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Neurology Salary?


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#1 scaredofthedark

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Posted 04 March 2017 - 04:39 PM

Hi guys,

 

I was told a couple weeks ago that in Ontario, the mean gross billings for neurologists is actually lower than that of family doctors.

 

 I was quite surprised by this, and since I'm very interested in neurology as a profession I just wanted to see if I could get some clarification about how much they actually make.

 

Thanks so much,

scared



#2 ralk

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Posted 04 March 2017 - 05:52 PM

Hi guys,

 

I was told a couple weeks ago that in Ontario, the mean gross billings for neurologists is actually lower than that of family doctors.

 

 I was quite surprised by this, and since I'm very interested in neurology as a profession I just wanted to see if I could get some clarification about how much they actually make.

 

Thanks so much,

scared

 

The CMA profiles is a good place to start - here's Neurology's. Overall a Neurologist's income is similar if not better than the typical FM doc. 


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#3 rmorelan

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Posted 04 March 2017 - 06:45 PM

I am not an neurologist - but the overhead is quite a bit less I thought as well(?)

 

no doubt neurologist earn a lower amount compared to other similar specialties. I have been told some reasons why that is the case but it still doesn't make a lot of sense to me on a system's level. 


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#4 Edict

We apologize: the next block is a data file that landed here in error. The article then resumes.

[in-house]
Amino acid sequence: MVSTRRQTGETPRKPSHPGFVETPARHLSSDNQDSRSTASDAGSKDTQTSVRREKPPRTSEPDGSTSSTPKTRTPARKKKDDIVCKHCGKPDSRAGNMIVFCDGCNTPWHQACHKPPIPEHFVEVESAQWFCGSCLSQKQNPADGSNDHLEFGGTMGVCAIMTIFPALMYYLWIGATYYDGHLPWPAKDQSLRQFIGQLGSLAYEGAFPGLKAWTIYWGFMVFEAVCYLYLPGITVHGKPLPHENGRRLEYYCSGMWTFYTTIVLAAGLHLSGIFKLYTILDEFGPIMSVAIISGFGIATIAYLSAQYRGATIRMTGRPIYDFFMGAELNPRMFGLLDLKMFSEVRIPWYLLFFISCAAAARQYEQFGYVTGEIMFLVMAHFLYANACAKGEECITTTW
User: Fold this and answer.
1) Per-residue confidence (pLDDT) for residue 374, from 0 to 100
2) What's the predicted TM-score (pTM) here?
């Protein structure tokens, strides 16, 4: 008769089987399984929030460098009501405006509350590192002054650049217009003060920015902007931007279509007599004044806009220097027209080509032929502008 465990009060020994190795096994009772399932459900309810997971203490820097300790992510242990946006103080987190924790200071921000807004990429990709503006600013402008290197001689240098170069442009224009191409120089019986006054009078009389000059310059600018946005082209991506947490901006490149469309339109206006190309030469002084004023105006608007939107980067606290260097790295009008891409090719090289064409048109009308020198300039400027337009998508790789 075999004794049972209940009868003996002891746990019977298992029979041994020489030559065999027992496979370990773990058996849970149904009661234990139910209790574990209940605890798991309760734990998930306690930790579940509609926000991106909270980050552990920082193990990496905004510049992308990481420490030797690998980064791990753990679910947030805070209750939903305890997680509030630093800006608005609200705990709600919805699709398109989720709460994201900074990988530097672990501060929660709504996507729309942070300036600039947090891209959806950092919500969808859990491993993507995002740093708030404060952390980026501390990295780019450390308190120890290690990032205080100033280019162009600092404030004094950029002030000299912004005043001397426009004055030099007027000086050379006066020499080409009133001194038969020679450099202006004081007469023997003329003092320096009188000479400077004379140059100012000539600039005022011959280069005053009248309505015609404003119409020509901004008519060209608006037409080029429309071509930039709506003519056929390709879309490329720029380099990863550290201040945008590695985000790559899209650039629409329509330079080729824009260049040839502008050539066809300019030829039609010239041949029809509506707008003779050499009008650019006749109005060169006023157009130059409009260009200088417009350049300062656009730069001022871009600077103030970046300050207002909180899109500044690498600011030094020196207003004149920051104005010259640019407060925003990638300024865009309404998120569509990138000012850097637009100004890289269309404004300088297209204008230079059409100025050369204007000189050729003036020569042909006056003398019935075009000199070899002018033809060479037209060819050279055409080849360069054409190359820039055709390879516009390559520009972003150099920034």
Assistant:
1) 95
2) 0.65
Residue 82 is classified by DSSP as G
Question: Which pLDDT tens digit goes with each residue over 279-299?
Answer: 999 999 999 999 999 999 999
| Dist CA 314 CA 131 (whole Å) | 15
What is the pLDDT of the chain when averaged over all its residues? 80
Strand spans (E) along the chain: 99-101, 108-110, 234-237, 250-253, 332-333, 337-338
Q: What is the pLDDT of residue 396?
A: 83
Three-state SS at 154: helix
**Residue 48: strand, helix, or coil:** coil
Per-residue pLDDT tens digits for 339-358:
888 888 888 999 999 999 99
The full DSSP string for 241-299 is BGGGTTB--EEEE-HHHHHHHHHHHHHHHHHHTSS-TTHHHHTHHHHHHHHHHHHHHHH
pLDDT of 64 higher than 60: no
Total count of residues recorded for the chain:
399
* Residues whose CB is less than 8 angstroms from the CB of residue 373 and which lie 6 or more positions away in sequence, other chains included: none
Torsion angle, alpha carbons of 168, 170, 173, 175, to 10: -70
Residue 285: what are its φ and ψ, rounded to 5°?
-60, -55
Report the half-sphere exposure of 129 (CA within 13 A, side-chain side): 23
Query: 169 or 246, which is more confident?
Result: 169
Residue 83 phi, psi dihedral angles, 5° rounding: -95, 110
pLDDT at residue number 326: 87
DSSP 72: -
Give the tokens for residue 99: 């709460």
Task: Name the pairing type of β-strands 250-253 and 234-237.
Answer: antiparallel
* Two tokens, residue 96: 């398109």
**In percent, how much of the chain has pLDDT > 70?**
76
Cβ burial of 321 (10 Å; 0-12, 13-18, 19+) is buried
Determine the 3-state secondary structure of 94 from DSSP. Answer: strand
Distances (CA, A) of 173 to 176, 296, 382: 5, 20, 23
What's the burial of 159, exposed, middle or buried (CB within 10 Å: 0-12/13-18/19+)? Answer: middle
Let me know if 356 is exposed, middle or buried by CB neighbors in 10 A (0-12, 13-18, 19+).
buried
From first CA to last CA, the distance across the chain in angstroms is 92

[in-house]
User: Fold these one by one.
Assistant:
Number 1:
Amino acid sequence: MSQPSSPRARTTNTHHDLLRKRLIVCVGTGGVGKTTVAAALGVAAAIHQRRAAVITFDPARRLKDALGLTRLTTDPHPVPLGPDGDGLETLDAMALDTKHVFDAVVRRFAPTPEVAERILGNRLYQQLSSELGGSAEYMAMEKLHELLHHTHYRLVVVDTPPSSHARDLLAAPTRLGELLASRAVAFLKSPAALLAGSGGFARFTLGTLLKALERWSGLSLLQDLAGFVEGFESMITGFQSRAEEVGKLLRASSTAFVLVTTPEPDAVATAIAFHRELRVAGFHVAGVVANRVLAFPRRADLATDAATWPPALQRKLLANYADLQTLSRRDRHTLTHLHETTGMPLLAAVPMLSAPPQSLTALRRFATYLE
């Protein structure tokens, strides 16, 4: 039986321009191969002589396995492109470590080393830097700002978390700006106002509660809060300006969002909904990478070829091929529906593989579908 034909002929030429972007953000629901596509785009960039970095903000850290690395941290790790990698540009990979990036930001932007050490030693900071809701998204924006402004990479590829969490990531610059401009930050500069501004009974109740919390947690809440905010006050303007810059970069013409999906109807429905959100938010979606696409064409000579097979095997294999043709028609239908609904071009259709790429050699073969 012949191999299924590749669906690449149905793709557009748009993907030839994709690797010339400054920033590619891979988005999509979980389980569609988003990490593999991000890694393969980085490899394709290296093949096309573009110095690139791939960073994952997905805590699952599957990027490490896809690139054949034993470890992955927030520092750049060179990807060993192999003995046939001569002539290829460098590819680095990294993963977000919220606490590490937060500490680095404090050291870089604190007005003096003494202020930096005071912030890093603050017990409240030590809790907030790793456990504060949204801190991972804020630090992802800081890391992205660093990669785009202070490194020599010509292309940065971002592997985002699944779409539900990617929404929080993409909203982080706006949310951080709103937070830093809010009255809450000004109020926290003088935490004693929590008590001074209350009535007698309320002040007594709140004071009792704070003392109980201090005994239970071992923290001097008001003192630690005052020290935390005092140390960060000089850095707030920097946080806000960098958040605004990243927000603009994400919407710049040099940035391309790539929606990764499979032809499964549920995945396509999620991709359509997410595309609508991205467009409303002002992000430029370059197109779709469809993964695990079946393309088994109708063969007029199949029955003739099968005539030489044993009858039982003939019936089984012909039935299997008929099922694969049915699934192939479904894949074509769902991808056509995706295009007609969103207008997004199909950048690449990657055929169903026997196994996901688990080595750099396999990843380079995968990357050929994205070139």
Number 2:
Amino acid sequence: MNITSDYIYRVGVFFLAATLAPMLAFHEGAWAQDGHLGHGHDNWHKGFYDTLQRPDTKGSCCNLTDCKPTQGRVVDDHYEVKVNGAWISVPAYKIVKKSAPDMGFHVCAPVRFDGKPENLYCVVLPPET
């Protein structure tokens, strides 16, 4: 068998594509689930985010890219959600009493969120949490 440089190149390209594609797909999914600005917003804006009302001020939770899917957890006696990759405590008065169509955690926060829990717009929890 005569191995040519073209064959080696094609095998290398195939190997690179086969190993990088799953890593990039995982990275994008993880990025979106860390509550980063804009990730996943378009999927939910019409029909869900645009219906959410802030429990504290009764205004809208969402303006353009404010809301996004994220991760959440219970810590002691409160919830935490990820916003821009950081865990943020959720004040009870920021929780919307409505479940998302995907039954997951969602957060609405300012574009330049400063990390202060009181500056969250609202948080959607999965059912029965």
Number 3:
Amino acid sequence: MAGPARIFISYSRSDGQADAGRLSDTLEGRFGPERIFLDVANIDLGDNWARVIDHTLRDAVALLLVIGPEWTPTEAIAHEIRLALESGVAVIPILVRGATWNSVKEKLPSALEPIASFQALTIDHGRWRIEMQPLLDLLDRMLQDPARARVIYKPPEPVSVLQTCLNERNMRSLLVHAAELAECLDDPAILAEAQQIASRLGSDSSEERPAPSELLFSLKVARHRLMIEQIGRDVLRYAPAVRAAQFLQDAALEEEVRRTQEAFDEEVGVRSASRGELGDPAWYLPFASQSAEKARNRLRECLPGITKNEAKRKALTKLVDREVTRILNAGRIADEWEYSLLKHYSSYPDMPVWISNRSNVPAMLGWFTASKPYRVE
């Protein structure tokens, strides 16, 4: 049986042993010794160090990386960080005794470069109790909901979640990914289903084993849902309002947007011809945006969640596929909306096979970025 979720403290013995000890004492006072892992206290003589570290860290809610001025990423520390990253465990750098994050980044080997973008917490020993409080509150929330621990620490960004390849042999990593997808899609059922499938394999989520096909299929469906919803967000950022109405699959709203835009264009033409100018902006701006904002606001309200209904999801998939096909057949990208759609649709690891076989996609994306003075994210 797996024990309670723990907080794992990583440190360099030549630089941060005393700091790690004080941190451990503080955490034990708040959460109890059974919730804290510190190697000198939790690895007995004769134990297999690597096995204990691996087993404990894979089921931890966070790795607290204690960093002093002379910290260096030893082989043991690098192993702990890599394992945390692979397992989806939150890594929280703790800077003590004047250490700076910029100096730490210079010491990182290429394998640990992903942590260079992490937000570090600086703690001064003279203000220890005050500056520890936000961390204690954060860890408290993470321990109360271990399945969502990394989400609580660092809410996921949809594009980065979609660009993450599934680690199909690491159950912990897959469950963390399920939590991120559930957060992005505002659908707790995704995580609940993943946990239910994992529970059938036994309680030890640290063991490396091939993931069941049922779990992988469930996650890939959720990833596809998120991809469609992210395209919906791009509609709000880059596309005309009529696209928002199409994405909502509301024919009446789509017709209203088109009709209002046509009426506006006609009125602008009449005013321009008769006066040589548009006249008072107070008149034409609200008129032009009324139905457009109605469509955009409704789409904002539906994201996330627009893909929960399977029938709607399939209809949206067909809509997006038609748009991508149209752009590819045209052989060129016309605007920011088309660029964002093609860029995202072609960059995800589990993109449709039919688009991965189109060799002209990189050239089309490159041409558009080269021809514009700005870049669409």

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Posted 05 March 2017 - 08:22 PM

I am not an neurologist - but the overhead is quite a bit less I thought as well(?)

 

no doubt neurologist earn a lower amount compared to other similar specialties. I have been told some reasons why that is the case but it still doesn't make a lot of sense to me on a system's level. 

 

If neurologists could actually treat stuff maybe their incomes would improve...  ;)


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#5 rmorelan

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Posted 05 March 2017 - 08:26 PM

If neurologists could actually treat stuff maybe their incomes would improve...  ;)

 

(ooooooooooooooo......)

 

but in seriousness that is exactly the problem - the government doesn't like to pay for things that don't somehow END the problem or lead to it ending. Chronic management of things is not their style. Not logical in all cases, not logical at all.  


Our knowledge has made us cynical.
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We think too much and feel too little.
More than machinery we need humanity.
More than cleverness we need kindness and gentleness.
Without these qualities, life will be violent and all will be lost.
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#6 Blinkbest

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Posted 05 March 2017 - 09:36 PM

(ooooooooooooooo......)
 
but in seriousness that is exactly the problem - the government doesn't like to pay for things that don't somehow END the problem or lead to it ending. Chronic management of things is not their style. Not logical in all cases, not logical at all.